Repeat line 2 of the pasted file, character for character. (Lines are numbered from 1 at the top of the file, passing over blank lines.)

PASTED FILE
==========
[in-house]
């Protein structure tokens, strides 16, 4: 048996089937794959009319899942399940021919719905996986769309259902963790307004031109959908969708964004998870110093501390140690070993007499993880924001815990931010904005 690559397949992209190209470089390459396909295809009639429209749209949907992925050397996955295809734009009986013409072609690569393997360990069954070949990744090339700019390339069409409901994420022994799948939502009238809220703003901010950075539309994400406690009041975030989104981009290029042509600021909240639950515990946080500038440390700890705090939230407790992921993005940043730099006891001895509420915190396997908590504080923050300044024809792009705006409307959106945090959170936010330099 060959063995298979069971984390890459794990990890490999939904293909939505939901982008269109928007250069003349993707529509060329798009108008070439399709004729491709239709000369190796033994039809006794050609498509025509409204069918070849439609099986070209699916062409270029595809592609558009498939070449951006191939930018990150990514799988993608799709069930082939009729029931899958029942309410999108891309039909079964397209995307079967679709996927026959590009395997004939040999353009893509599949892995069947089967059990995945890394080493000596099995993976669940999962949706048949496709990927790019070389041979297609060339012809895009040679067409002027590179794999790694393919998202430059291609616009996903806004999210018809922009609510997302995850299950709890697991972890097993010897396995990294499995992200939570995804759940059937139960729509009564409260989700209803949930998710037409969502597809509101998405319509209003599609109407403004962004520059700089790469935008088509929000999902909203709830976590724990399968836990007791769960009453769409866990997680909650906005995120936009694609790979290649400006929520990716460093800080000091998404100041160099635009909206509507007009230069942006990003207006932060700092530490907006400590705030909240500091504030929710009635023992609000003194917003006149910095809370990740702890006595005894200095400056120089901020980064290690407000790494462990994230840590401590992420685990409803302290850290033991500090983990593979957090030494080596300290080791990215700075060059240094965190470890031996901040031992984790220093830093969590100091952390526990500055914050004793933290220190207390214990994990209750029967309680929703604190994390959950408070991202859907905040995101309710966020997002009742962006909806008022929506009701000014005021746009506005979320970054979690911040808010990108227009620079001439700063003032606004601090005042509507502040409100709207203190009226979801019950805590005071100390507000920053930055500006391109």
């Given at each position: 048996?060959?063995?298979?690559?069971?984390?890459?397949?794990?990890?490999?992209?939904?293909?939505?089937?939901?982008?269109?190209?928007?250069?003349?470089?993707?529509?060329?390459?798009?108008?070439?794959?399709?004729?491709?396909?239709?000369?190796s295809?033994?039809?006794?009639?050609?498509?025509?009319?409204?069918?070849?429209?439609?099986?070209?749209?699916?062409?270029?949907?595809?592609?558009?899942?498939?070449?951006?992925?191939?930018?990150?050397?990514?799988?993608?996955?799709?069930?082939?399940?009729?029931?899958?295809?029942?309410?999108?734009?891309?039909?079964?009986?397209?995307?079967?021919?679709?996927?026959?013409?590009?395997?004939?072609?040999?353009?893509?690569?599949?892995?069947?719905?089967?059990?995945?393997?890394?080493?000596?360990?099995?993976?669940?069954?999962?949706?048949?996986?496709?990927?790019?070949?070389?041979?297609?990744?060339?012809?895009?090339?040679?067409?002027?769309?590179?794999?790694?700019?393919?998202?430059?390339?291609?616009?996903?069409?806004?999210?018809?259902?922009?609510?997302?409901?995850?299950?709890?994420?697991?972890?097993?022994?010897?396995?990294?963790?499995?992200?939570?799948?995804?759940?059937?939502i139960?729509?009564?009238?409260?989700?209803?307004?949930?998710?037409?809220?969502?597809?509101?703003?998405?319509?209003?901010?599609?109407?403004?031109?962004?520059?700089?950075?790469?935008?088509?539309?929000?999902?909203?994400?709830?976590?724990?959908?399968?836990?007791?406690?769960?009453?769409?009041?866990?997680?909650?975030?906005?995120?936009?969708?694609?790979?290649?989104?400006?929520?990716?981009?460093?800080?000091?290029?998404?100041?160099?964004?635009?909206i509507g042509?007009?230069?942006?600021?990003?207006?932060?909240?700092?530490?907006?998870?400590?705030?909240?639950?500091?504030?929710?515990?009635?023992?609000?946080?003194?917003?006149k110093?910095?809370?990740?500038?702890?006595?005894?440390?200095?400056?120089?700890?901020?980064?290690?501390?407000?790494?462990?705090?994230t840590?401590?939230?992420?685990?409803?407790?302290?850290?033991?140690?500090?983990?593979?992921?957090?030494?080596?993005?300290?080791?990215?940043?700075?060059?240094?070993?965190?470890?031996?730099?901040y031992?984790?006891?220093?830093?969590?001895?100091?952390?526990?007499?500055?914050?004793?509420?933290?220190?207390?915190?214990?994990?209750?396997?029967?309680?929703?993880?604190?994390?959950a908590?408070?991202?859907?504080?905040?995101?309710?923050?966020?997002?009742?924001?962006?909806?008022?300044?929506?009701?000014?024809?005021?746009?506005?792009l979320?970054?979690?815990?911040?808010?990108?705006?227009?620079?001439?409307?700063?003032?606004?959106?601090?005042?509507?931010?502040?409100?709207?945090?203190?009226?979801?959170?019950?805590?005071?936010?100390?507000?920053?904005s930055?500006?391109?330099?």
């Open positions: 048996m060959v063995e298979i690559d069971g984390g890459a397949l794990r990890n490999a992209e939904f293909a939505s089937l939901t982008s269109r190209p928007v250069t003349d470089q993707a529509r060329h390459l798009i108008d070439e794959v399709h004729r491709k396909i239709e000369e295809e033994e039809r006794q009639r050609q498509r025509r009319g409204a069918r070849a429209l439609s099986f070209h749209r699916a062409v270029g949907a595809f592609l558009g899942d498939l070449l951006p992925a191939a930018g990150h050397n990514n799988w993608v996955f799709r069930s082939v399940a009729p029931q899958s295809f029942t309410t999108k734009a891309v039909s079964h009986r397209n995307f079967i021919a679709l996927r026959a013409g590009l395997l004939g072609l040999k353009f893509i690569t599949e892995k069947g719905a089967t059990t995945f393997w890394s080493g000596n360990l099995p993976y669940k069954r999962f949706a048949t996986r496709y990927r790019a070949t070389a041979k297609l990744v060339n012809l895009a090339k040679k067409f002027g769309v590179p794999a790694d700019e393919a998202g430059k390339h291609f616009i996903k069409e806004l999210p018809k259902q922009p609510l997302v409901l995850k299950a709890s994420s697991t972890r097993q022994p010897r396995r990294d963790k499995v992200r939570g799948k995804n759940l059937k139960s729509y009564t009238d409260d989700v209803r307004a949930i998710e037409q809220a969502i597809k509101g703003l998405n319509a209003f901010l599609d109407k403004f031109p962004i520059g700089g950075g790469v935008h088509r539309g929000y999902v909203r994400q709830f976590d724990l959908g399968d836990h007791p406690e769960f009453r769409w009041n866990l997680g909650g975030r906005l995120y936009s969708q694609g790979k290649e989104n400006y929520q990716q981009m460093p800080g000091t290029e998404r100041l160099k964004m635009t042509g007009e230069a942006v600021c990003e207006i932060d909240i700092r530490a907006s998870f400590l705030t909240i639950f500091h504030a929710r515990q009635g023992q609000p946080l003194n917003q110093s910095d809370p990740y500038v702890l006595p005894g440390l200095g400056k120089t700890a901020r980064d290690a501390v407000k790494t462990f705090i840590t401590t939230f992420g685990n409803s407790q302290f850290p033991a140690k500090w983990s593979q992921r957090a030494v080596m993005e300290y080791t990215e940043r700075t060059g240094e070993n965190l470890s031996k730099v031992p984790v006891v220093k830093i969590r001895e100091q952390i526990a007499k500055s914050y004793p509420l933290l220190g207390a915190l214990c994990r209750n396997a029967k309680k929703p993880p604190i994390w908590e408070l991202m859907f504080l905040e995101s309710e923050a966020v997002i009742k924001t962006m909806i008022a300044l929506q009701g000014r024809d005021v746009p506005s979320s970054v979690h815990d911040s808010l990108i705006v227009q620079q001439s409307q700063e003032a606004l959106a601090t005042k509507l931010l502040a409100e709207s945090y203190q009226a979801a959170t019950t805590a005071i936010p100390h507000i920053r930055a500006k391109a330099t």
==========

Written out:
């Protein structure tokens, strides 16, 4: 048996089937794959009319899942399940021919719905996986769309259902963790307004031109959908969708964004998870110093501390140690070993007499993880924001815990931010904005 690559397949992209190209470089390459396909295809009639429209749209949907992925050397996955295809734009009986013409072609690569393997360990069954070949990744090339700019390339069409409901994420022994799948939502009238809220703003901010950075539309994400406690009041975030989104981009290029042509600021909240639950515990946080500038440390700890705090939230407790992921993005940043730099006891001895509420915190396997908590504080923050300044024809792009705006409307959106945090959170936010330099 060959063995298979069971984390890459794990990890490999939904293909939505939901982008269109928007250069003349993707529509060329798009108008070439399709004729491709239709000369190796033994039809006794050609498509025509409204069918070849439609099986070209699916062409270029595809592609558009498939070449951006191939930018990150990514799988993608799709069930082939009729029931899958029942309410999108891309039909079964397209995307079967679709996927026959590009395997004939040999353009893509599949892995069947089967059990995945890394080493000596099995993976669940999962949706048949496709990927790019070389041979297609060339012809895009040679067409002027590179794999790694393919998202430059291609616009996903806004999210018809922009609510997302995850299950709890697991972890097993010897396995990294499995992200939570995804759940059937139960729509009564409260989700209803949930998710037409969502597809509101998405319509209003599609109407403004962004520059700089790469935008088509929000999902909203709830976590724990399968836990007791769960009453769409866990997680909650906005995120936009694609790979290649400006929520990716460093800080000091998404100041160099635009909206509507007009230069942006990003207006932060700092530490907006400590705030909240500091504030929710009635023992609000003194917003006149910095809370990740702890006595005894200095400056120089901020980064290690407000790494462990994230840590401590992420685990409803302290850290033991500090983990593979957090030494080596300290080791990215700075060059240094965190470890031996901040031992984790220093830093969590100091952390526990500055914050004793933290220190207390214990994990209750029967309680929703604190994390959950408070991202859907905040995101309710966020997002009742962006909806008022929506009701000014005021746009506005979320970054979690911040808010990108227009620079001439700063003032606004601090005042509507502040409100709207203190009226979801019950805590005071100390507000920053930055500006391109």